ED Wait Times Rising, Even in the Most Urgent Cases

ACEP News
December 2009

By Mary Ann Moon
Elsevier Global Medical News

Patients presenting to the emergency department have only a 75% chance of being seen by a physician within the time recommended at triage, according to a report in the Archives of Internal Medicine.

This represents a 30% increase in ED waiting time during the past decade.

"Most distressingly," waiting time has increased the most for the very patients who can least afford it: More than half of patients judged at triage to require immediate physician assessment have to wait, said Dr. Leora I. Horwitz of Yale-New Haven (Conn.) Hospital and Elizabeth H. Bradley, Ph.D., of the Yale School of Public Health, also in New Haven.

The investigators used data from the National Hospital Ambulatory and Medical Care Survey to assess trends in ED waiting time since a previous report on the issue, reviewing cases seen from 1997 to 2006. The NHAMCS is a probability sample of general hospitals in the United States in which each hospital collects data on a random sample of ED visits during 4-week period every year.

For this study, the researchers assessed a sample of 151,999 ED visits, which represents 539 million visits across the nation.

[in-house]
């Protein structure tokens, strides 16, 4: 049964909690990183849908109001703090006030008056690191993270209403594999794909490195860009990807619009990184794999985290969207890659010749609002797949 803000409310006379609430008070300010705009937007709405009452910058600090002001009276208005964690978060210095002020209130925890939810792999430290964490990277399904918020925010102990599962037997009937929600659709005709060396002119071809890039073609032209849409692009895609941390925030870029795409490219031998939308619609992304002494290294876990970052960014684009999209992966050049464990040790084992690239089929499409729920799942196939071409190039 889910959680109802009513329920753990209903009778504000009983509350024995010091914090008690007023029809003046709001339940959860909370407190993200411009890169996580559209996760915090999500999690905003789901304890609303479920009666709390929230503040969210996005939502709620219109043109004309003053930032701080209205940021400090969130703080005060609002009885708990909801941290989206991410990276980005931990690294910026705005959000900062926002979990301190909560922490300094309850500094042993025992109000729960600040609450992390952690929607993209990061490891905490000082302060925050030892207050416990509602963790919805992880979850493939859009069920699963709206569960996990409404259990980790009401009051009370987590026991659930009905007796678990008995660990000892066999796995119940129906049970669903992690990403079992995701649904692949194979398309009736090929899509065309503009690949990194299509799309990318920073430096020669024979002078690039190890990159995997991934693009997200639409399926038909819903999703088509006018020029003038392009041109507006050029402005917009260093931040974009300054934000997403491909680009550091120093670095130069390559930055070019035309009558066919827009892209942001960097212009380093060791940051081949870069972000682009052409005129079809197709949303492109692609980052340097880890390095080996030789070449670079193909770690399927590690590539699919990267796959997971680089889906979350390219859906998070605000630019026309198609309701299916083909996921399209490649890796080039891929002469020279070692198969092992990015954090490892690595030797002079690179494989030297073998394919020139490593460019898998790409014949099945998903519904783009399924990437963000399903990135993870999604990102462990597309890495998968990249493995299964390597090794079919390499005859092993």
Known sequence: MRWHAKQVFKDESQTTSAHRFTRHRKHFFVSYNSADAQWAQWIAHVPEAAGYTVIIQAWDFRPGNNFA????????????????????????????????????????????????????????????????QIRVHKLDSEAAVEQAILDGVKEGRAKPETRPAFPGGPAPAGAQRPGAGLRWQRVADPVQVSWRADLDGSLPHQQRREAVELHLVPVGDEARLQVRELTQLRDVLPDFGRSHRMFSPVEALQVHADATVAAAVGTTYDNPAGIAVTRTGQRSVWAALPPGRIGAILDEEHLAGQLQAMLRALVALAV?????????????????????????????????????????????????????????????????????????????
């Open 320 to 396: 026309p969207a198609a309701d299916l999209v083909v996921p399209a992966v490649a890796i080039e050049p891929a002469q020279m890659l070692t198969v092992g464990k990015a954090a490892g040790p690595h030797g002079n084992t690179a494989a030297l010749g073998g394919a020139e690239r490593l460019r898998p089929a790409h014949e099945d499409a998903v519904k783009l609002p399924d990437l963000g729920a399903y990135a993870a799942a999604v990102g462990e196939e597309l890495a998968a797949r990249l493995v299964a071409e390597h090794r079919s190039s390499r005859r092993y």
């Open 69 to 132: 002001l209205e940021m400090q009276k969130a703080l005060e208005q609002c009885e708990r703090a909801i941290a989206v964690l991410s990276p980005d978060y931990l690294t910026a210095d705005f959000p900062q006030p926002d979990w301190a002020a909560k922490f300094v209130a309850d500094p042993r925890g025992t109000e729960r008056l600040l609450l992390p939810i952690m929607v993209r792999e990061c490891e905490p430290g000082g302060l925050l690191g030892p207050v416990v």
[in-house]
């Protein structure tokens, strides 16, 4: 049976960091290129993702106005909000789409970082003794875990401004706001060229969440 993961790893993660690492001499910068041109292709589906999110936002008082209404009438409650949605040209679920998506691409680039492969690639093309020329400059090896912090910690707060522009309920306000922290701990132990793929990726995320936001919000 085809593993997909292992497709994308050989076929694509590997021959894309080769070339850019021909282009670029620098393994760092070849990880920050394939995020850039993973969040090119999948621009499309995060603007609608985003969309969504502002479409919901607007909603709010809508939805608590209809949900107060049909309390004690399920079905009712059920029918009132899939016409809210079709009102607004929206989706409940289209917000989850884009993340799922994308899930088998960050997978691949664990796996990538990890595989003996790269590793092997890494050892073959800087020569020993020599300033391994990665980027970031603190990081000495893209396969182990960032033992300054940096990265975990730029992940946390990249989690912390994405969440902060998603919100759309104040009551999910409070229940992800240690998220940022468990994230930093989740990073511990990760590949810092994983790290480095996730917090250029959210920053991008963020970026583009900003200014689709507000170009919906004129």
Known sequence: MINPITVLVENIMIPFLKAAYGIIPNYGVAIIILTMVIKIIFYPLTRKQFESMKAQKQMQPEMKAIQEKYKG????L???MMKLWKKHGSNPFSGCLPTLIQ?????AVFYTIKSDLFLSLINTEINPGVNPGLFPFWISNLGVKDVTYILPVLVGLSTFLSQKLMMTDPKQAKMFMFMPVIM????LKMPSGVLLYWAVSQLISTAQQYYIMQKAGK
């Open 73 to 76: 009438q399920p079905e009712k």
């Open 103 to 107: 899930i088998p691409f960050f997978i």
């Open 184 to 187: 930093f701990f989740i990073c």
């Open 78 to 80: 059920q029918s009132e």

In 1997, the odds of being seen by a physician within the time recommended at triage were 80%. This has declined during the intervening years for all patient groups.

"Although African American, Hispanic, and uninsured patients were less likely than white or privately insured patients to be seen on time in any given year, all patients suffered similarly from a decreased likelihood of being seen on time during the study period," Dr. Horwitz and Dr. Bradley said (Arch. Intern. Med. 2009;169:1857-65).

Greater acuity of illness was strongly associated with a longer wait time. Of patients judged to need physician assessment within 0-14 minutes, only 57% were seen in that time frame. Similarly, only 73% of patients who required hospital admission were seen within the recommended time.

There likely are many causes for this trend. Per capita use of the ED has risen substantially during this period, from 34 visits per 100 people in 1996 to 41 per 100 in 2006. However, "excess use of the ED for nonurgent care by uninsured patients is not a major factor, accounting for only 0.5% of visits in 2006," they noted.

"Similarly, excess use by black and Hispanic patients for nonurgent care relative to white patients accounted for only 1.1% of all ED visits in 2006."

Instead, "it appears that decreased access to primary health care for all patients and an aging population are more important contributors to the per capita increase in ED utilization." Patient volume has risen by 32% while many EDs have closed, Dr. Horwitz and Dr. Bradley said.

In addition, many EDs still use older, less accurate three-tier systems for triage instead of newer five-level systems, leading to less efficient prioritizing of the most acutely ill patients. Higher overall hospital occupancy rates mean that patients cannot be transferred from the ED to the appropriate inpatient wards in a timely manner.

No financial conflicts of interest were reported.

 

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